## Abstract

Freeform optics constitutes a new technology that is currently driving substantial changes in beam shaping. Most of the current beam shaping systems are elaborately tailored for fixed optical properties, which means the output light distribution of a beam shaping system usually cannot be changed. What we present here is a class of beam shaping systems, the optical properties of which can be changed to meet the requirements for different applications. The proposed beam shaping system is composed of a freeform lens and a non-classical zoom system which is designed by ray aiming and the conservation of energy instead of aberration control. The freeform lens includes two elaborately designed freeform optical surfaces, by which both the intensity distribution and wave-front of an incident light beam are manipulated in a desired manner. The light beam after propagating through the non-classical zoom system produces an illumination pattern on a fixed observation plane with a variable pattern size and an unchanged irradiance distribution at different zoom positions. Two design examples are presented to demonstrate the effectiveness of the proposed beam shaping systems.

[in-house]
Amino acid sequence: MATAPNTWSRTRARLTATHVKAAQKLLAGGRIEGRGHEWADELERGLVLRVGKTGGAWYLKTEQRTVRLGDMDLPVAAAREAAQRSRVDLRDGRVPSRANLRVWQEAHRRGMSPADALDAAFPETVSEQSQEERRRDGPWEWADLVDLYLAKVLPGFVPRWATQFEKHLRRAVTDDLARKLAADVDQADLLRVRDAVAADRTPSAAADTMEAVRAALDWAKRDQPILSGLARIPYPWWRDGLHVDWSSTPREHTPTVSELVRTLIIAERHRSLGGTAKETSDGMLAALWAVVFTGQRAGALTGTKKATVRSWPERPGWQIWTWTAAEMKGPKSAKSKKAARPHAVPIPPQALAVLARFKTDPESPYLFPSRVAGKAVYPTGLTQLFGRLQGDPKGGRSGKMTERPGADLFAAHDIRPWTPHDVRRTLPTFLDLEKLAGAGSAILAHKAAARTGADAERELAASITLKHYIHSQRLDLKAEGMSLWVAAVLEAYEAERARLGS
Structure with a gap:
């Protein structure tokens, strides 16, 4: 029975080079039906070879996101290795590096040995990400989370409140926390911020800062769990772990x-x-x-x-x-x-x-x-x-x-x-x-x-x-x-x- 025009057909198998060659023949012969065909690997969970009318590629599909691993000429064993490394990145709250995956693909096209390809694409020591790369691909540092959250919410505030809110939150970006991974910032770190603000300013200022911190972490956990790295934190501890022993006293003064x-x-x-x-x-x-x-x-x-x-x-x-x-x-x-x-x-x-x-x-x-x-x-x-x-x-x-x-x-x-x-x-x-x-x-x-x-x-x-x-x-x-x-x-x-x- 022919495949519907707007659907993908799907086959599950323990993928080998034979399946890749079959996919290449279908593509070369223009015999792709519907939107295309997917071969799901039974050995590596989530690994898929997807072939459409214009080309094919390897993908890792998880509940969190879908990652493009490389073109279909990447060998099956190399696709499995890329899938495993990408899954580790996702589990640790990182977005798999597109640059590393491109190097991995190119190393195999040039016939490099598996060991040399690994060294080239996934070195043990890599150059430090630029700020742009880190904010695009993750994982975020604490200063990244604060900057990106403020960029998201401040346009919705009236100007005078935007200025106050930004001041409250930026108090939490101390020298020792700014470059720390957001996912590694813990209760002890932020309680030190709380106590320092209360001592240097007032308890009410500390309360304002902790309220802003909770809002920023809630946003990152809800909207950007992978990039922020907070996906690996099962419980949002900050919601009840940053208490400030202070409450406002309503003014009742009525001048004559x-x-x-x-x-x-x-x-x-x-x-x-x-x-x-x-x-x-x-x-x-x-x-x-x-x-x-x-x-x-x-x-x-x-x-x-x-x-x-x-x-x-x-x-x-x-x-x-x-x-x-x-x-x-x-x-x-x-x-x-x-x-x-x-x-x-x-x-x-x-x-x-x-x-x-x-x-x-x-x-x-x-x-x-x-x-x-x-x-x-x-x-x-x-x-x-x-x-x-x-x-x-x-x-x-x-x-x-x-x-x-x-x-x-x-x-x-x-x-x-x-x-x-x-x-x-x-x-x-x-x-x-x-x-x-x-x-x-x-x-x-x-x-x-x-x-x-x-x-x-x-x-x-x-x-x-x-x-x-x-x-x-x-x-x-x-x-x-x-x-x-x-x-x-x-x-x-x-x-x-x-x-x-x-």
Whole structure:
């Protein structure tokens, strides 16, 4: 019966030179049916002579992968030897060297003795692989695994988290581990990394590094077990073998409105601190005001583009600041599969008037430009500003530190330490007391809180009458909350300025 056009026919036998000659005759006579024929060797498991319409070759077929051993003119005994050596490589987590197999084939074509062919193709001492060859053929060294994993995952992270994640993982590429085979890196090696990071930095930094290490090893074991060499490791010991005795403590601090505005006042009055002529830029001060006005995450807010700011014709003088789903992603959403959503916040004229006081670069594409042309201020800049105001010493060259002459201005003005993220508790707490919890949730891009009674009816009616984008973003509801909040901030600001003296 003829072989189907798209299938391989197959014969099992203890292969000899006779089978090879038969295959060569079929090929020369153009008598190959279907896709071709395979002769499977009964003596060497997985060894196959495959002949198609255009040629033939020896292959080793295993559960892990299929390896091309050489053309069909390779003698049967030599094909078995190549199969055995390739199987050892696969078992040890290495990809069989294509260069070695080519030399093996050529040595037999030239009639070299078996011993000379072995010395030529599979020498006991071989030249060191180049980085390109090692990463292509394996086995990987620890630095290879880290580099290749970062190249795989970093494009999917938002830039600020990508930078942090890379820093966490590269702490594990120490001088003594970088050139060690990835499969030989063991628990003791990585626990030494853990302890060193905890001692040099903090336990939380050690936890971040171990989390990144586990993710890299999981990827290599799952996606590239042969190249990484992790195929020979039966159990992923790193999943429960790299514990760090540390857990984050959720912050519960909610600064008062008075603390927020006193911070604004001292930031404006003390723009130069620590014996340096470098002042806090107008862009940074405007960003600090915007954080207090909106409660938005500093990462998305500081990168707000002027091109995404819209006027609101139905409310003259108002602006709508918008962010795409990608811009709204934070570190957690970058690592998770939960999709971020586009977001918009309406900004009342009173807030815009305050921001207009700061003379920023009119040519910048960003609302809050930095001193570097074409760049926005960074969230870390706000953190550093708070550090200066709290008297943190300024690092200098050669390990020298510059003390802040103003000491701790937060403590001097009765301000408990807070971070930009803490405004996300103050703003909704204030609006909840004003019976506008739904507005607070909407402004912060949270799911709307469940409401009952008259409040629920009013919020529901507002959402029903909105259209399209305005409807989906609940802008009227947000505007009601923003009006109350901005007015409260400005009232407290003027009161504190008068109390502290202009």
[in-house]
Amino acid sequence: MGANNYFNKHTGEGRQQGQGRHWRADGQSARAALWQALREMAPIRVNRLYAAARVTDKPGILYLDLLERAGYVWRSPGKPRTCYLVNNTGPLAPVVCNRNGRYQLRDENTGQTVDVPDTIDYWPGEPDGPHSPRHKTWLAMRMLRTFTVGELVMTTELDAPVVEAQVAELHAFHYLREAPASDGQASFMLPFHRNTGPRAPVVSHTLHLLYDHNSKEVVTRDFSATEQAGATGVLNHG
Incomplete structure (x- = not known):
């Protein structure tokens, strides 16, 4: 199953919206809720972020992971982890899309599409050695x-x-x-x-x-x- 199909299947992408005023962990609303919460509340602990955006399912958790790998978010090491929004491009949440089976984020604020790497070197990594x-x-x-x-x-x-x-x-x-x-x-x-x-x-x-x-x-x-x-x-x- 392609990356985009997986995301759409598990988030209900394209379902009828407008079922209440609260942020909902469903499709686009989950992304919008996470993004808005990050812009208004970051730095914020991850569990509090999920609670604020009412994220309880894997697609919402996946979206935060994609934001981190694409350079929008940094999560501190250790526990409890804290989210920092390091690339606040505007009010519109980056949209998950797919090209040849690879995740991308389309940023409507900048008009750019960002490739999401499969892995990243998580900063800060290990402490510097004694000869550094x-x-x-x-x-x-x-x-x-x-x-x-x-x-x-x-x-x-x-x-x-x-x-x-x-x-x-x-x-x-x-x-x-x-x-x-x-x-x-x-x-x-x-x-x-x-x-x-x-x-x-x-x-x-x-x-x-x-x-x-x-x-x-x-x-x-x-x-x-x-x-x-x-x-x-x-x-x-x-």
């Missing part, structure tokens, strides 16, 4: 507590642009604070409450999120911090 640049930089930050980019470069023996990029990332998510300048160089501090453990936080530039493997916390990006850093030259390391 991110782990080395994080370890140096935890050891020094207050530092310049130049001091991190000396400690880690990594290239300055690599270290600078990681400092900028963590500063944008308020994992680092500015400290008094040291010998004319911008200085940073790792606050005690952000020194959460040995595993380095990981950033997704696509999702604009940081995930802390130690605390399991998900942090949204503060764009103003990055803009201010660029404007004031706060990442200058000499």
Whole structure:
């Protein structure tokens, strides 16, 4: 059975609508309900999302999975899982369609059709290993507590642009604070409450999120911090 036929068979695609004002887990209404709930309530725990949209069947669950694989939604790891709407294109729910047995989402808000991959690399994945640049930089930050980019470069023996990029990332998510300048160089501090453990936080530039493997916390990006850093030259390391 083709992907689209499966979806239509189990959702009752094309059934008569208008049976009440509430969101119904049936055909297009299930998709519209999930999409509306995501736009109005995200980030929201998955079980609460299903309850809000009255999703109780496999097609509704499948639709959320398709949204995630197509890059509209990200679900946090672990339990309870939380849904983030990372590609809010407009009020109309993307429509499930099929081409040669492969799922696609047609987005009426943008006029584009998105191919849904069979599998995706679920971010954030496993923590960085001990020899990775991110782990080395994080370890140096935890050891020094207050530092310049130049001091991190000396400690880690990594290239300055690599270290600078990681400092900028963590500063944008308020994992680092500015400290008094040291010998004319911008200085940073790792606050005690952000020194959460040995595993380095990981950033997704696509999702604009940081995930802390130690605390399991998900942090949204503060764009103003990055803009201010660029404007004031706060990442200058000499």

© 2021 Optical Society of America under the terms of the OSA Open Access Publishing Agreement

## 1. Introduction